The preeminent gypsy historian Konrad Bercovici claims that gypsies first came to America around 1790.
The rule of the Gypsy King was a tradition of English gypsies that made its way to the clans who settled on the West Coast. Occasionally, they would be ruled by a queen, but it was uncommon. The flashy gypsies of modern folklore who traveled with monkeys and other animals were rooted in southern European gypsy culture and not common to this area. Most of the gypsies in Oakland wore plain clothing and traveled in drab wagons, unlike their flashier counterparts.
They moved around in caravans for two reasons, work and social attitudes. For many gypsies in California seasonal farm work was all that was available to them. They would pick crops during the harvest season and then move on. Upon arrival in Oakland they would set up carts on street corners and offer services like fortune-telling, knife sharpening or sell their wares. Because they were often unkempt and mistrusted, they were asked to leave and, thus, they were nomadic.
There is some dispute as to the religious beliefs of gypsies. Most of the Oakland gypsies were descendants of the Catholic or Episcopalian faiths. A 1923 Oakland Tribune article claimed that “the Romany tongue holds no words for God, the soul, or immortality” However, records show that parts of the Bible have been translated into the Romany language.
Thirty years after Boswell and Palmer were buried, the Gypsies made news again in Oakland when a 15-year-old girl was kidnapped by a band of Gypsies. An account from the December 10, 1915 Oakland Tribune gives her account of life with the Gypsies:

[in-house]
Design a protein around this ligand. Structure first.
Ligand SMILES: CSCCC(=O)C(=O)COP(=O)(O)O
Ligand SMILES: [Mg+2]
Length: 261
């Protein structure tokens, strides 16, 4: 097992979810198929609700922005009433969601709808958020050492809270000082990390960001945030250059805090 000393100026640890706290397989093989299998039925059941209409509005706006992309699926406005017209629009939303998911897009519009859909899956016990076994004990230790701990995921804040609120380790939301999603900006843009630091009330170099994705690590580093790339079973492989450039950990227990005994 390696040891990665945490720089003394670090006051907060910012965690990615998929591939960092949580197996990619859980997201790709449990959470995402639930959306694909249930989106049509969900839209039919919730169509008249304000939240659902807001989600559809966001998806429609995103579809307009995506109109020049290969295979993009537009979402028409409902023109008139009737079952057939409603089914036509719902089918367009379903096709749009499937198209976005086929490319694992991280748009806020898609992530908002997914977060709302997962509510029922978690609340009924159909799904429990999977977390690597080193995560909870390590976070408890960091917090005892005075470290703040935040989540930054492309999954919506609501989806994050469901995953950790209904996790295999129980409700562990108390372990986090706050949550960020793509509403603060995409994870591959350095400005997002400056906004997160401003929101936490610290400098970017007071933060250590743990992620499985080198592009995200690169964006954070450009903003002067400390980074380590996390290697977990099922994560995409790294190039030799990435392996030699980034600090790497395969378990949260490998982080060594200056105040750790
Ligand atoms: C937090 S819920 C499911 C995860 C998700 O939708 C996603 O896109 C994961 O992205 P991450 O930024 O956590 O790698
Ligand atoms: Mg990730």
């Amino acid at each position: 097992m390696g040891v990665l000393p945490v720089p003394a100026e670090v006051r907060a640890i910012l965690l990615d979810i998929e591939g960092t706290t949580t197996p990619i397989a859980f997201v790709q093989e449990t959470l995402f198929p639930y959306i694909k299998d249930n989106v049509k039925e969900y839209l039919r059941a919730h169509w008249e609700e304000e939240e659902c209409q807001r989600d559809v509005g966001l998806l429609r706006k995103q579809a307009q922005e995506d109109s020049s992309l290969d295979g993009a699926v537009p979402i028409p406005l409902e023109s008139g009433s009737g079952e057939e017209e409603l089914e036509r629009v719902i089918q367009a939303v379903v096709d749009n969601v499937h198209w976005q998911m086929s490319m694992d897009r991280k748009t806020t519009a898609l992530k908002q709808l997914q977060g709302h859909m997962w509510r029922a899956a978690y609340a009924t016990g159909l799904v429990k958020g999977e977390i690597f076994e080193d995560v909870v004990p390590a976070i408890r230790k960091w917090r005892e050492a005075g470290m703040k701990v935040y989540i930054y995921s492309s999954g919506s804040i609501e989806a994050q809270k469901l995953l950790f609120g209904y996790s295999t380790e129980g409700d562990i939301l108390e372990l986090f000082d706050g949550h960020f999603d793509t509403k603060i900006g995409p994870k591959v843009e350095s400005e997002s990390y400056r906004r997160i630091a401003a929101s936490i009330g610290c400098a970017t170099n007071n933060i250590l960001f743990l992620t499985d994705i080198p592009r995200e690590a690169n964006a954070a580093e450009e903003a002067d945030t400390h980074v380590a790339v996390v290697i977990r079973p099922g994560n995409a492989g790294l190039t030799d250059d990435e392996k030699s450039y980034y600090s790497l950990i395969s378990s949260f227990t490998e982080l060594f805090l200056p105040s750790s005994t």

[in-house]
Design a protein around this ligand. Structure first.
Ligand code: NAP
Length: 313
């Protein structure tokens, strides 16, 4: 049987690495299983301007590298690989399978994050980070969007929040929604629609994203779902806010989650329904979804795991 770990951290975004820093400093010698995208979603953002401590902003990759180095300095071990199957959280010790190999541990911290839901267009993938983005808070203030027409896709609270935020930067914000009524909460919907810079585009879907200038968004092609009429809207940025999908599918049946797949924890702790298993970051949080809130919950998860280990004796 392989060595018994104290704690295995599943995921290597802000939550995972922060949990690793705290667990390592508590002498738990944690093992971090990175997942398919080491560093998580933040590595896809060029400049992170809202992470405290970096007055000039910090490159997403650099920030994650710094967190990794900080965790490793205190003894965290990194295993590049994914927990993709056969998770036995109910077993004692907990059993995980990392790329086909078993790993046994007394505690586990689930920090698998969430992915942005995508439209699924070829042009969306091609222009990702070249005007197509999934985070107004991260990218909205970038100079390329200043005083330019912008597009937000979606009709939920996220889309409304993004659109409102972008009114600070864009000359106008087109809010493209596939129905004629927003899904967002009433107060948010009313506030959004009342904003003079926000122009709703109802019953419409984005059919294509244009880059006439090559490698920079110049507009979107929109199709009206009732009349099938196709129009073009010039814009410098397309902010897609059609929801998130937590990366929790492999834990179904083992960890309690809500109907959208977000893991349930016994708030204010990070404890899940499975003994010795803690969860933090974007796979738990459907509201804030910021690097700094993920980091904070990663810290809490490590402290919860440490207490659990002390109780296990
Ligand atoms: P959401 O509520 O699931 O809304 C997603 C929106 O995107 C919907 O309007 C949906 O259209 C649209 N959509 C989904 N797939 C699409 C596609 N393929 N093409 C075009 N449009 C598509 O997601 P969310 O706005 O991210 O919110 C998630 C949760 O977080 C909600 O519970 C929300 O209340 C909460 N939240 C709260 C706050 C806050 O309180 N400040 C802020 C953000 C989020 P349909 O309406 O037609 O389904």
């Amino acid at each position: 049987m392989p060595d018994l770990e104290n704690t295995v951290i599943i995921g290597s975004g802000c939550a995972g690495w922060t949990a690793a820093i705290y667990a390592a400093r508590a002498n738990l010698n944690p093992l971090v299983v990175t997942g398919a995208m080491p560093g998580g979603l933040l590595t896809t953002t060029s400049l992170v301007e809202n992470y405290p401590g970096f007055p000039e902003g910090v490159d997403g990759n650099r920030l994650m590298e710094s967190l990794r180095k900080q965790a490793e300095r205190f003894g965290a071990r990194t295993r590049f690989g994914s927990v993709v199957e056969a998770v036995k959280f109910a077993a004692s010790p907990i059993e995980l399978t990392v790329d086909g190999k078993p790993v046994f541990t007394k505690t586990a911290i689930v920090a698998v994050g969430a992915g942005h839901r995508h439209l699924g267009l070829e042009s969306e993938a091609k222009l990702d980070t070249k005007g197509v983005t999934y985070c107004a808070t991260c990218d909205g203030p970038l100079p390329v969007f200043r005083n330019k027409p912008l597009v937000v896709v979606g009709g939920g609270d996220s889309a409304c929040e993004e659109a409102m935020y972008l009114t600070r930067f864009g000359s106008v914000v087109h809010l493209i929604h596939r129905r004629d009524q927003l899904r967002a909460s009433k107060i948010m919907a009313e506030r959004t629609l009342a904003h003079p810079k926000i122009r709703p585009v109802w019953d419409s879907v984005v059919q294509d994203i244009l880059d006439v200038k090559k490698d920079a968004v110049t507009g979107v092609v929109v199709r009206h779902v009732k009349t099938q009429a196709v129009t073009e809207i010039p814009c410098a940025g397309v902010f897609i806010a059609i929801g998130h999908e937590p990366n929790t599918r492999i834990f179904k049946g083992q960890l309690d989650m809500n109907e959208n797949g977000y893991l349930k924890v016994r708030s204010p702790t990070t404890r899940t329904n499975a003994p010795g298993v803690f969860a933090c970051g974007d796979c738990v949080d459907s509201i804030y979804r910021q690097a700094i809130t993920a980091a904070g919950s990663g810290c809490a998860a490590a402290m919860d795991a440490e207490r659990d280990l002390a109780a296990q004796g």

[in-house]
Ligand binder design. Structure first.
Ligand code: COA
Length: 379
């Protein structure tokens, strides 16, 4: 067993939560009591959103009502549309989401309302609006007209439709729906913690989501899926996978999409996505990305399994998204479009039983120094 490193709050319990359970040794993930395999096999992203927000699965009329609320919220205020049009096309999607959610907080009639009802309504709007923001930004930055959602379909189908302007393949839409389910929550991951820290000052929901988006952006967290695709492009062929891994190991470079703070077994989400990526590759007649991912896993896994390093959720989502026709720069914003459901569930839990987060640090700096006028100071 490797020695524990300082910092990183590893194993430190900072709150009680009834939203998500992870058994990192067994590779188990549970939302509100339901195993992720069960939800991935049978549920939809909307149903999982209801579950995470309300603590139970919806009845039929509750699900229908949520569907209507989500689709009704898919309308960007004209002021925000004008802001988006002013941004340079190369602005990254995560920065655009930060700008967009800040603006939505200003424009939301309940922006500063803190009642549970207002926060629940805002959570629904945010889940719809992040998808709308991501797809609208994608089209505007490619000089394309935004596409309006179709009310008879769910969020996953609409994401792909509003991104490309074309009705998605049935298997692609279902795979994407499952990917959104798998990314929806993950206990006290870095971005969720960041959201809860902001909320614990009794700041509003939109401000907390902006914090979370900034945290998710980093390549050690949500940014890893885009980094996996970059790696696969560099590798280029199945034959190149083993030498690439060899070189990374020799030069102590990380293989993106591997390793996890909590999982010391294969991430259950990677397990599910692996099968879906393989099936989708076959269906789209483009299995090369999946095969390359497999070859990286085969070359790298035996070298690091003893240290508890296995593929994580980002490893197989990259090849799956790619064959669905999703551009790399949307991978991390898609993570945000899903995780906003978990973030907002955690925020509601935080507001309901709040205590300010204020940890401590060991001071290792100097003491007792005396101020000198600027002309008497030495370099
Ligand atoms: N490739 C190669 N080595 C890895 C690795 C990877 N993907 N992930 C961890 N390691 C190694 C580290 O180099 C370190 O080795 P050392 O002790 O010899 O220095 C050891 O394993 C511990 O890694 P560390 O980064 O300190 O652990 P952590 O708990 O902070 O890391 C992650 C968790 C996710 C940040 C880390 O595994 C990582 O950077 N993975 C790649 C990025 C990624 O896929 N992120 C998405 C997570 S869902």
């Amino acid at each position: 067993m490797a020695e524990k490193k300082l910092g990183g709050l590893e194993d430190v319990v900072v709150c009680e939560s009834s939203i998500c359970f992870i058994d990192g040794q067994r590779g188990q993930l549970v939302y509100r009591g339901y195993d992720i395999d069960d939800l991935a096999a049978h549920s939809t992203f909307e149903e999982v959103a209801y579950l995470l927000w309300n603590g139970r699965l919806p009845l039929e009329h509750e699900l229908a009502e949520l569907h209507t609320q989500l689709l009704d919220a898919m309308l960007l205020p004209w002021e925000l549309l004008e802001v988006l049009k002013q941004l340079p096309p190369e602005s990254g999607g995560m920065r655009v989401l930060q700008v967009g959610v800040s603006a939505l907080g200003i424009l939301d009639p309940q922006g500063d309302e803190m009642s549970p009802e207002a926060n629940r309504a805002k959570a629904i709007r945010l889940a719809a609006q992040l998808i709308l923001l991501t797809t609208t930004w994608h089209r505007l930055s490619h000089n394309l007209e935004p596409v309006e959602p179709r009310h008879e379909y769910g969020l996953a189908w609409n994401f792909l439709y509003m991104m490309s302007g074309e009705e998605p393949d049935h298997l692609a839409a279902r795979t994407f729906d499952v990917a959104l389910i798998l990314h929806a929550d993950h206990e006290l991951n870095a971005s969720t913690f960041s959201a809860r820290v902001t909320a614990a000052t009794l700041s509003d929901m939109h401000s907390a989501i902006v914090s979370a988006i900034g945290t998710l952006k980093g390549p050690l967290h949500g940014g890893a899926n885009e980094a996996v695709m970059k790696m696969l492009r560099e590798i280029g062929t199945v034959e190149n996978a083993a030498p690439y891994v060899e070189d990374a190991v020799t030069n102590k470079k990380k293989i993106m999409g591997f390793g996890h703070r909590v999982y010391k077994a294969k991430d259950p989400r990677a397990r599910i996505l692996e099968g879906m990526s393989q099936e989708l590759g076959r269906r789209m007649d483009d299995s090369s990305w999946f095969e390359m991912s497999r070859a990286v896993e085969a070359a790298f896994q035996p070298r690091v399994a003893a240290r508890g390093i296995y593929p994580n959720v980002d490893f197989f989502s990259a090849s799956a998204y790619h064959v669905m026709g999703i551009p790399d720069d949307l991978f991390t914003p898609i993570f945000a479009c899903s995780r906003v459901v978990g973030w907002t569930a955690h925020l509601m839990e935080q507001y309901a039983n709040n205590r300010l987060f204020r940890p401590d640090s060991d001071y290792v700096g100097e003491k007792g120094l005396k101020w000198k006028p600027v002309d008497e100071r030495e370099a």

“The life in the Gypsy camp was horrible. For over a year I have not had a bath. It was hard to be allowed even to wash my face and hands. I was made to sleep sometimes upon the bare earth
“Last night one of the Gypsy women became a mother. They gave her a piece of canvas for a bed. No doctor was called, but she did not seem to mind. She had no trouble, and if her man ordered her she would carry her day-old baby along the road or sit in one of the wagons all day while the camp moved to another city.
“It was a horrible life. It has left its mark upon me and life will never seem the same.
“There are other girls who have been kidnapped who have never been heard of. I have talked with them in other Gypsy camps. They have never been able to escape and the terrible life has ruined their bodies and their feelings.”
After her story made the news, federal authorities began an investigation and local authorities from the health department checked out the conditions in the camps and promised that the Gypsies would be permanently removed from Oakland. Apparently, the authorities weren’t completely successful, as I found accounts of gypsies in Oakland for a revival meeting in 1923, led by their then King, Naylor Harrison.
According to Dr. Walter Starkle, a leading expert on gypsies, their demise in America occurred around 1933 when the United States abandoned the gold standard. Gypsy wealth was predicated on their ownership of gold and once it was abandoned their wealth was quickly squandered with the new paper currency.
[Original text by Michael Colbruno]
Subscribe to Michael Colbruno's Mountain View Cemetery Bio Tour by Email